News

New Medicare Cards to be Issued

Medicare will mail new Medicare cards to all Medicare beneficiaries between April 2018 and April 2019. Your new card will have a new number that’s unique to you using a combination of eleven letters and numbers, replacing your Social Security number. The new card will not change your coverage or benefits.
This change in ID numbers is required by a law enacted two years ago and will help to reduce identity theft. You do not need to take any action to get your new Medicare card. Until you receive a new card in the mail, you should take steps to protect your current card. Do not carry your Medicare card unless you are on your way to a health care appointment. Instead, make a copy and black out all but the last four digits.
Be wary that scammers may devise ways to take advantage of you during the transition to the new cards. Do not be fooled if someone calls or visits you demanding you allow them to switch out your card. Medicare will not send someone to your home or phone you asking for personal information such as your Medicare number. Other points to remember:
• Medicare does not email or visit homes unannounced to “update’ or “verify” data that it already has.
• Medicare will never threaten you with a loss of your benefits for not making an immediate change.
• If you receive a phone call about this, ignore that your caller-id may show that the call is from Medicare or CMS. This is likely a phony caller-id that helps the scammers look more believable.
• When in doubt, contact the Medicare helpline, available 24 hours a day, 7 days a week at 1-800-633-4227.

If you would like to learn more about Medicare, please join me for my class, Getting Started with Medicare. You will find a list of upcoming classes at www.mutskoinsurance.com/seminars. For all other questions on insurance, including life, health, dental, vision and Medicare Advantage plans, contact me at 440-255-5700. I look forward to helping you.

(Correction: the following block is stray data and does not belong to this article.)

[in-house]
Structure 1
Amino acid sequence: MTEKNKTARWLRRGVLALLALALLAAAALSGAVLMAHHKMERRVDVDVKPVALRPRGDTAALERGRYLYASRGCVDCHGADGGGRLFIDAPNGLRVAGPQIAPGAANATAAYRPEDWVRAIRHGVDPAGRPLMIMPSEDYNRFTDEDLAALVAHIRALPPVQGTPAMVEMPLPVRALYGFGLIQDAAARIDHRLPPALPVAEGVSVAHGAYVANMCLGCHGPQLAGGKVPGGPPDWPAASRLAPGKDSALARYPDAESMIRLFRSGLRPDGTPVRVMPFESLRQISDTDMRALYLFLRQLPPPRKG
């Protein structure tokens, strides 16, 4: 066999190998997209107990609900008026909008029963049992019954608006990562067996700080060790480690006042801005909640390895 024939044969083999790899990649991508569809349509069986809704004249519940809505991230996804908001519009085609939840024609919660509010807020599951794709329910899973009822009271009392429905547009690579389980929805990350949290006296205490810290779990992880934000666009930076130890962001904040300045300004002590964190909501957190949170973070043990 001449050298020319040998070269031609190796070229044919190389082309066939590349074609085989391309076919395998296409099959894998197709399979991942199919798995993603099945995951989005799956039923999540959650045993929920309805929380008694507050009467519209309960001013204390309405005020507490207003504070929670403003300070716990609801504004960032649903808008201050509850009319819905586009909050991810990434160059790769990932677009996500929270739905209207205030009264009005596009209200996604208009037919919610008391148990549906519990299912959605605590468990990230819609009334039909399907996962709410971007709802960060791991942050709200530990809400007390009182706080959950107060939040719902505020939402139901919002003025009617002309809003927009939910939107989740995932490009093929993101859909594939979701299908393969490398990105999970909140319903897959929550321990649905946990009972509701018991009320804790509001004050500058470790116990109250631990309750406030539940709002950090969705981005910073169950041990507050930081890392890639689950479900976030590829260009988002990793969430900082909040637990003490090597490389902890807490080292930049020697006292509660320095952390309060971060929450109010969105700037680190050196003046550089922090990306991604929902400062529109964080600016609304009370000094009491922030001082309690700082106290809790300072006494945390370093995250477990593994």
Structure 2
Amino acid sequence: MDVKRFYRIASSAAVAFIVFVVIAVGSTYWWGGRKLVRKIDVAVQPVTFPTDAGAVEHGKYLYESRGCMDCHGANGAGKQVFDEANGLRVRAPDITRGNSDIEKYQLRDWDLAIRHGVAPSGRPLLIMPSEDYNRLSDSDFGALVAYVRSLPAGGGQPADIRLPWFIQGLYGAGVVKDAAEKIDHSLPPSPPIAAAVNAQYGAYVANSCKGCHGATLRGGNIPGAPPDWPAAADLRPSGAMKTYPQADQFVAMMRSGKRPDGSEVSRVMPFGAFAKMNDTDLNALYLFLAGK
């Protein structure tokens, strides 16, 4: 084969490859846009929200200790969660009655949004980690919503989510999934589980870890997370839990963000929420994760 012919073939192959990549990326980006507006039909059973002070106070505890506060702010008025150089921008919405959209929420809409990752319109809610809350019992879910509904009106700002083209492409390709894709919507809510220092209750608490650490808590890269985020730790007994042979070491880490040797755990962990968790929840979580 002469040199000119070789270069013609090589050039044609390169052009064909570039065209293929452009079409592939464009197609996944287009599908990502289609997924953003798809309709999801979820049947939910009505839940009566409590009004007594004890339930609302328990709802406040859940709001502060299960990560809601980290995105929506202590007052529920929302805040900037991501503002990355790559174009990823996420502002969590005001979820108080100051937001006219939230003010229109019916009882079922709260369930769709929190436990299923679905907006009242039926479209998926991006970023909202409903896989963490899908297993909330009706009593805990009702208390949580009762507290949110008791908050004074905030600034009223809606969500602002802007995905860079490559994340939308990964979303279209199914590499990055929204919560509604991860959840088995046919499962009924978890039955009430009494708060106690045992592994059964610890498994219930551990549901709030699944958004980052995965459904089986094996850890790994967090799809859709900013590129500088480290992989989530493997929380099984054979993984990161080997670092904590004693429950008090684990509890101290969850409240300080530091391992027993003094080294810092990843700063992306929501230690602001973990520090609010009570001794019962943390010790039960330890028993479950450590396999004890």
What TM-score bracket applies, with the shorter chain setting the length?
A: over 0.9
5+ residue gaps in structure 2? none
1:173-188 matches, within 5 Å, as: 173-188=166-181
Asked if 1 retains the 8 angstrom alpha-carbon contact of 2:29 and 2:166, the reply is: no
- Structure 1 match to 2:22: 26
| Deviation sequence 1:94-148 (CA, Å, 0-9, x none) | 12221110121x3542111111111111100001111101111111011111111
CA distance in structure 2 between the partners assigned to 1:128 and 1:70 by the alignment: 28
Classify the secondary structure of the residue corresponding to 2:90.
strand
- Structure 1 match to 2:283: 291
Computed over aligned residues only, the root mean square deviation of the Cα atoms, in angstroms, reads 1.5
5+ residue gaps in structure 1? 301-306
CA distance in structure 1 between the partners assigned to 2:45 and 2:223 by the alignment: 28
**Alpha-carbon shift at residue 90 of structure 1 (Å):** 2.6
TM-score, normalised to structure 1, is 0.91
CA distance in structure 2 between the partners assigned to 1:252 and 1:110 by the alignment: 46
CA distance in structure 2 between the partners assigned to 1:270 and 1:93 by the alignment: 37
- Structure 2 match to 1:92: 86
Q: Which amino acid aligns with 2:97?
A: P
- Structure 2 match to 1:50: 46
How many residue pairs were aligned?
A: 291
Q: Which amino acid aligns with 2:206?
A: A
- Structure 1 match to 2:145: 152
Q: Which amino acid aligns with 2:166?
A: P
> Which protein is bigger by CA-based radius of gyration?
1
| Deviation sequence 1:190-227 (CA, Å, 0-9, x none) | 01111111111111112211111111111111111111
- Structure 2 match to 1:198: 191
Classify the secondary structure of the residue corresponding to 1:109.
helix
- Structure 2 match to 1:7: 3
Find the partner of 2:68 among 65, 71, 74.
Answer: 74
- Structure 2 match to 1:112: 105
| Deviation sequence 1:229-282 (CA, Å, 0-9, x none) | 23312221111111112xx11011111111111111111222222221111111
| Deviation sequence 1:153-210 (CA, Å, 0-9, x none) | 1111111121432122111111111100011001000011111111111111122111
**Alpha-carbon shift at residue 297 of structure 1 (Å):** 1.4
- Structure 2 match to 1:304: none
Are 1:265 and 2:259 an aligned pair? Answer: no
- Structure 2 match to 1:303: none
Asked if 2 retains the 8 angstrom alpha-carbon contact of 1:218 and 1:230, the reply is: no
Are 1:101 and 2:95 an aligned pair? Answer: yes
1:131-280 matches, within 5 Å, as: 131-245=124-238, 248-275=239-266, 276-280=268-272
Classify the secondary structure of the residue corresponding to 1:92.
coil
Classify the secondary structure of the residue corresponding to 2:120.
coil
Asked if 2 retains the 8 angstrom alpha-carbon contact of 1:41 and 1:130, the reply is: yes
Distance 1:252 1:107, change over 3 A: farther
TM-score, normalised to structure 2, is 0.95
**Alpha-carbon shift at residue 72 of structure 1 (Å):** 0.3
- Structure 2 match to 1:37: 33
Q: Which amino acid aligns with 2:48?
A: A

Please explain more about the Medicare Current Beneficiary Survey (MCBS).

The Medicare Current Beneficiary Survey (MCBS) is a survey of people who currently have Medicare. It is used to provide feedback to the Centers for Medicare and Medicaid Services on how people get their health care, the rising cost of health care, and how satisfied people are with their care. The information is used to help CMS better understand the needs of Americans on Medicare.
You may be selected to be a part of the sample group of 16,000 individuals who are asked to participate in this survey each year. Letters from Medicare go out to potential participants in late summer explaining that someone from NORC at the University of Chicago will be in touch to set up an interview.
A professional interviewer will contact you in person or by phone to setup a visit. If you agree to participate in the study, the interview will take about one hour. Your participation in the survey is strictly voluntary.
Those selected to participate represent thousands of other people similar to them. If you are selected, literally no one else can take your place in the study. All of your information will be strictly confidential as prescribed by The Federal Privacy Act of 1974. Your participation is voluntary and your Medicare benefits cannot be affected in any way by the answers that you provide, or by whether or not you choose to participate.
If you are invited to participate and would like to verify your selection in this study, please contact NORC toll free at 1-877-389-3429. You can also visit the respondent website at www.mcbs.norc.org for more detailed information.
The Medicare Current Beneficiary Survey is important to the future of Medicare. Please consider helping in this national effort to improve your Medicare program.

Getting the best buy on prescription drugs

Don’t automatically use your insurance for prescription drugs.  

Hundreds of commonly used generic medications can be purchased for as little as $10 for a three-month supply at grocery stores, major drugstores and club stores like Costco and Sam’s Club. You may find some drugs usually covered by your insurance might be less expensive if you pay cash instead using your insurance.